A male tiger cub found wandering the suburbs outside of Paris was rescued after witnesses contacted the police. Authorities had already been on the lookout for the little one after finding photos of him on the phone of a man arrested on the suspicion of dealing drugs. According to Europe 1 radio, the cub’s caretaker would let clients snap a selfie for the small price of five euros.

Unlike in the United States, where backyards house more tigers than in the wild, owning a tiger is illegal in France. Authorities searched diligently for the little  cub until he was found wandering the streets.



Custody of the cub was then handed over to Tonga Terre d’Accueil, a sanctuary for abandoned big cats and primates, where he was given the name Tonga.

It’s unknown where Tonga came from, but because he spent most of his young life around humans, he’s very friendly and playful towards his caretakers. At Terre d’Accueil, Tonga will have the chance to live with other rescued tigers, starting with an older tigress named Asia.

Good luck learning how to be a tiger, Tonga!


We’re so happy that little Tonga was rescued from a life of unnatural interaction with humans, but unfortunately, not all tigers get a happy ending. It’s completely legal to keep tigers and other exotic animals as pets in many states across the U.S. In fact, there’s a rough estimate that there are about 7,000 tigers living in backyards. Not only are they kept as pets, some are put on display at roadside attractions and because of their small size, tiger cubs are unfortunately forced to pose for photos with guests, sometimes for hours on end without any contact with their mothers. Yes, the cubs are cute — but that’s no excuse for how they’re treated. What happens once they grow up and suddenly, they’re not so cuddly? They often end up dead, abandoned, or surrendered. It’s a sad, revolting life that no living creature should have to experience.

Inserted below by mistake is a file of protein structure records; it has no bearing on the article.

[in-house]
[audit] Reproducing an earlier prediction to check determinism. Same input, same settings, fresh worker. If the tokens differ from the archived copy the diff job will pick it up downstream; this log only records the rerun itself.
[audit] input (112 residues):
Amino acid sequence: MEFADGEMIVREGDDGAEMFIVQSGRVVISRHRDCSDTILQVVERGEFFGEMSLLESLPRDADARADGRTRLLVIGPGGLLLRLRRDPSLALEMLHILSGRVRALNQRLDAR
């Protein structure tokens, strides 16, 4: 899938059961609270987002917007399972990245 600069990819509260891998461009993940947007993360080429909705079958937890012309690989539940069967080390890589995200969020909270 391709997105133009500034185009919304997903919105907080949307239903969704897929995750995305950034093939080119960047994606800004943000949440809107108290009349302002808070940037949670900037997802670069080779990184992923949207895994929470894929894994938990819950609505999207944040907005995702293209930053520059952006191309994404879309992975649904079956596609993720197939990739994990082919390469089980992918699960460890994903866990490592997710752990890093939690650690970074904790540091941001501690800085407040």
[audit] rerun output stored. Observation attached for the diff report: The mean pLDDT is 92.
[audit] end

What can we do? First, if you ever come across a photo opp with a tiger — or any exotic animal, for that matter — don’t do it. Often times, these facilities will carry a false message of conservation, using the tigers for “educational” purposes. But, don’t be fooled. The main priority of these roadside attractions is one thing only and that’s living their own wallets.

Hopefully, one day soon, the United States will make keeping big cats as pets illegal. Then, more tigers, like Tonga, will be able to have a happy ending.


In-text image source: Terre d’Accueil

Lead image source: AFP